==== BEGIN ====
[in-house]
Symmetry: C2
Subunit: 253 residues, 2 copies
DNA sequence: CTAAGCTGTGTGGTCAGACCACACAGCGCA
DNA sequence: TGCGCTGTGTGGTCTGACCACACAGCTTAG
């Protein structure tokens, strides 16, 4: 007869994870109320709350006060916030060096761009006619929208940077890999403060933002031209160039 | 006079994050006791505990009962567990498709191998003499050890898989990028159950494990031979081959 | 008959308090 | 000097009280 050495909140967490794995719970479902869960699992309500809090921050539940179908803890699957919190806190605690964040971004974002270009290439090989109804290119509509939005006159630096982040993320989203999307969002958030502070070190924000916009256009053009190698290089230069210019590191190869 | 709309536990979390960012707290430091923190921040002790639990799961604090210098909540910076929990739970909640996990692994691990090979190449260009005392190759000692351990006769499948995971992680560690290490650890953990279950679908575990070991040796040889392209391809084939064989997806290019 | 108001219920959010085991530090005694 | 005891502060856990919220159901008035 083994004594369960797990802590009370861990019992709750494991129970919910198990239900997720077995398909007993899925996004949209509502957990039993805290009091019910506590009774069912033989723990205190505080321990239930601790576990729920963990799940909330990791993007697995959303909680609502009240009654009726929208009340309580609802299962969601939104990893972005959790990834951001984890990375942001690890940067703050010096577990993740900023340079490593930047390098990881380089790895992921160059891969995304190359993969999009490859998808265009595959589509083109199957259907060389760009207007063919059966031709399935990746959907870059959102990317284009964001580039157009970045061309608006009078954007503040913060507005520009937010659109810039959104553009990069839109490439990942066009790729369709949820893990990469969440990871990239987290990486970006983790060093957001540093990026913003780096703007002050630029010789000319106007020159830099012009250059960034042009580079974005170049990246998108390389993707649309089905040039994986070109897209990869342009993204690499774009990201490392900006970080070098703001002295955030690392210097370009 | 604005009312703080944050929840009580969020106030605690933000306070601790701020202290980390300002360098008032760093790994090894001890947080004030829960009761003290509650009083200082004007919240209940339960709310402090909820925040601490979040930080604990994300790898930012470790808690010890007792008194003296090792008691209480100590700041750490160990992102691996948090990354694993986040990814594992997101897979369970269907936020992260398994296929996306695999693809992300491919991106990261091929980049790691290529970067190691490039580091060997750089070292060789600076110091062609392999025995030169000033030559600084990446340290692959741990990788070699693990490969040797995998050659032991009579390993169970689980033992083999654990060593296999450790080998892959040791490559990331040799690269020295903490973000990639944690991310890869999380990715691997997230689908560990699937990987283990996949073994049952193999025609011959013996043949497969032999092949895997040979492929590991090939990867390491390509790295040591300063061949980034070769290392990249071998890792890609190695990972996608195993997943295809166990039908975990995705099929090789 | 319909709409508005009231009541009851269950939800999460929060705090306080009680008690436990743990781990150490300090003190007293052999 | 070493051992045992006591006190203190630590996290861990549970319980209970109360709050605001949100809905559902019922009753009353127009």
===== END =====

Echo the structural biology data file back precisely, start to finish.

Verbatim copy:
[in-house]
Symmetry: C2
Subunit: 253 residues, 2 copies
DNA sequence: CTAAGCTGTGTGGTCAGACCACACAGCGCA
DNA sequence: TGCGCTGTGTGGTCTGACCACACAGCTTAG
């Protein structure tokens, strides 16, 4: 007869994870109320709350006060916030060096761009006619929208940077890999403060933002031209160039 | 006079994050006791505990009962567990498709191998003499050890898989990028159950494990031979081959 | 008959308090 | 000097009280 050495909140967490794995719970479902869960699992309500809090921050539940179908803890699957919190806190605690964040971004974002270009290439090989109804290119509509939005006159630096982040993320989203999307969002958030502070070190924000916009256009053009190698290089230069210019590191190869 | 709309536990979390960012707290430091923190921040002790639990799961604090210098909540910076929990739970909640996990692994691990090979190449260009005392190759000692351990006769499948995971992680560690290490650890953990279950679908575990070991040796040889392209391809084939064989997806290019 | 108001219920959010085991530090005694 | 005891502060856990919220159901008035 083994004594369960797990802590009370861990019992709750494991129970919910198990239900997720077995398909007993899925996004949209509502957990039993805290009091019910506590009774069912033989723990205190505080321990239930601790576990729920963990799940909330990791993007697995959303909680609502009240009654009726929208009340309580609802299962969601939104990893972005959790990834951001984890990375942001690890940067703050010096577990993740900023340079490593930047390098990881380089790895992921160059891969995304190359993969999009490859998808265009595959589509083109199957259907060389760009207007063919059966031709399935990746959907870059959102990317284009964001580039157009970045061309608006009078954007503040913060507005520009937010659109810039959104553009990069839109490439990942066009790729369709949820893990990469969440990871990239987290990486970006983790060093957001540093990026913003780096703007002050630029010789000319106007020159830099012009250059960034042009580079974005170049990246998108390389993707649309089905040039994986070109897209990869342009993204690499774009990201490392900006970080070098703001002295955030690392210097370009 | 604005009312703080944050929840009580969020106030605690933000306070601790701020202290980390300002360098008032760093790994090894001890947080004030829960009761003290509650009083200082004007919240209940339960709310402090909820925040601490979040930080604990994300790898930012470790808690010890007792008194003296090792008691209480100590700041750490160990992102691996948090990354694993986040990814594992997101897979369970269907936020992260398994296929996306695999693809992300491919991106990261091929980049790691290529970067190691490039580091060997750089070292060789600076110091062609392999025995030169000033030559600084990446340290692959741990990788070699693990490969040797995998050659032991009579390993169970689980033992083999654990060593296999450790080998892959040791490559990331040799690269020295903490973000990639944690991310890869999380990715691997997230689908560990699937990987283990996949073994049952193999025609011959013996043949497969032999092949895997040979492929590991090939990867390491390509790295040591300063061949980034070769290392990249071998890792890609190695990972996608195993997943295809166990039908975990995705099929090789 | 319909709409508005009231009541009851269950939800999460929060705090306080009680008690436990743990781990150490300090003190007293052999 | 070493051992045992006591006190203190630590996290861990549970319980209970109360709050605001949100809905559902019922009753009353127009």